He admonishes the media to “avoid battles you cannot win” while urging it to “promote media & digital literacy and critical thinking to fight fake news factories (propaganda & technology)” He also urge it to “Invest in investigative and data driven journalism,” adding that it should “Focus and invest in technology, content and credibility.”
Arguing that, “This is the time for intervention to salvage the media in our democratisation process,” the former dean, Communication Faculty, Bayero University, Kano, says, “Governments should appreciate the role of the media (as exemplified by its classification as an essential service during this pandemic), to save journalism as a business that is at the heart of the democracy project.
“That may take the form of carefully thought-through and well-negotiated measures acceptable to the industry in a manner that does not erode credibility and independence of the media (like tax waivers, payment of debts (advertising bills), and better investment in public broadcasters or even lifting license fees for commercial broadcast channels)”
He also wants the setting up of a National Media Development Fund to rescue the media.
Continuing further, Pate says, “The Covid -19 pandemic has profoundly and globally affected every human endeavour by rendering and gradually leaving our societies tense, challenged and even insecure.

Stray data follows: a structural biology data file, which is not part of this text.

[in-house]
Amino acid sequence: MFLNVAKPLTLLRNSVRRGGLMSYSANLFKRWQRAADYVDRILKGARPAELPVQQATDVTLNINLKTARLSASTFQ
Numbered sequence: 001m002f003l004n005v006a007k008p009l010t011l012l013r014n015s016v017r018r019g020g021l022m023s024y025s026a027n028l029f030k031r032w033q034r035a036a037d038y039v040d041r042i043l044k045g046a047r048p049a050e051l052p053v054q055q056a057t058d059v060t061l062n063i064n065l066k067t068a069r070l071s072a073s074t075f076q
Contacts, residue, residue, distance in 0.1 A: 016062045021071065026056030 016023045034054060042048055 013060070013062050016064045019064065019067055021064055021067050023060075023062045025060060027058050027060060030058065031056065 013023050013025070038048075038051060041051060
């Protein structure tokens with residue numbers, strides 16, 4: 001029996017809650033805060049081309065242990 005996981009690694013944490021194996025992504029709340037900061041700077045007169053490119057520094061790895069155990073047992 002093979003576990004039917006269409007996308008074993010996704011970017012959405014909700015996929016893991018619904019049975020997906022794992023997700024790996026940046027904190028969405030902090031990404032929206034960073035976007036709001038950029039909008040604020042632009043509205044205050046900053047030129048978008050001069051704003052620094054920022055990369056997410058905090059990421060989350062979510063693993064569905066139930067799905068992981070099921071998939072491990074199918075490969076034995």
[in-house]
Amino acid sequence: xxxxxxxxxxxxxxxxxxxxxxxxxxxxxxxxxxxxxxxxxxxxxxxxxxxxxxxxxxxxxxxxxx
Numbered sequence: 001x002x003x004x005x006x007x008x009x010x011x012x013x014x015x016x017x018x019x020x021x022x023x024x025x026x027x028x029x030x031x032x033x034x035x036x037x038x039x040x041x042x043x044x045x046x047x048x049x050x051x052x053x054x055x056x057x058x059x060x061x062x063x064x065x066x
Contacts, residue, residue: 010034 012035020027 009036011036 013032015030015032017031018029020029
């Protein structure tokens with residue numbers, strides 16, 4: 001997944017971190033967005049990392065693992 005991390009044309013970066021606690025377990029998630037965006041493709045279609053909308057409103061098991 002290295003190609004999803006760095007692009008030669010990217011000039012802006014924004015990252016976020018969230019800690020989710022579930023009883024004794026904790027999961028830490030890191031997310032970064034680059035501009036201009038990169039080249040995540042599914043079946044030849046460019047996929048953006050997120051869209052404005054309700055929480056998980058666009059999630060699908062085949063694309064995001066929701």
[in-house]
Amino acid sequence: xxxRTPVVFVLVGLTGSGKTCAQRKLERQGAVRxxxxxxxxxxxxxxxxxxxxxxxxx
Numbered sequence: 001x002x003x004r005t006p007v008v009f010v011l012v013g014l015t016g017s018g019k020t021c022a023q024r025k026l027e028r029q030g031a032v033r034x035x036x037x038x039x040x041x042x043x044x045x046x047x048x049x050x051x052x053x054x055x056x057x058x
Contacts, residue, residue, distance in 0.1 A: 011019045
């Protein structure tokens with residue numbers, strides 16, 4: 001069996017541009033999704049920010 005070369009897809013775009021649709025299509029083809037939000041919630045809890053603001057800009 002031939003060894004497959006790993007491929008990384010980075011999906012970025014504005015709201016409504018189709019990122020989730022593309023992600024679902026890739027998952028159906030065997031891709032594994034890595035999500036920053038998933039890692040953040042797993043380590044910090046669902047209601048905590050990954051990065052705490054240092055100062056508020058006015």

“For the media sector in Nigeria and, indeed, globally, the Covid-19 era has hit it hard; devastating and existentially threatening.
“Even before the pandemic in late 2019, the sector in Nigeria has been struggling against challenges like fake news which undermines public confidence in the media, decline in advertising, staff layoffs, welfare and professional safety issues, rise of digital platforms (google) that dominate access (gateway), etc.
“Covid 19 has ruthlessly compounded the predicaments of the media in Nigeria.
“The Coronavirus crisis has led to loss in advertising and sales revenues and other financial earnings for the media, thus, undermining their business model.”
Also discussing the effect of the Covid-19 lockdown, he says, “Because of the need for credible information and entertainment during the lockdown and confinement, people increased time for TV viewing, radio listening and reading of newspapers resulting in renewed interest and added pressure on the media without a corresponding increase in media revenue.
“At a time when people needed critical and credible information, most media houses were hampered by lack of resources to deliver optimally.
“However, the media got the status of frontline workers which speaks to an understanding that their value as bearers of important and verifiable information was recognised as part of the ways of stemming the public health crisis.
“Confinement and social distancing measures have led to the emergence of new television formats like the integration of consumer technologies (zoom, face-time) into programmes created under new conditions.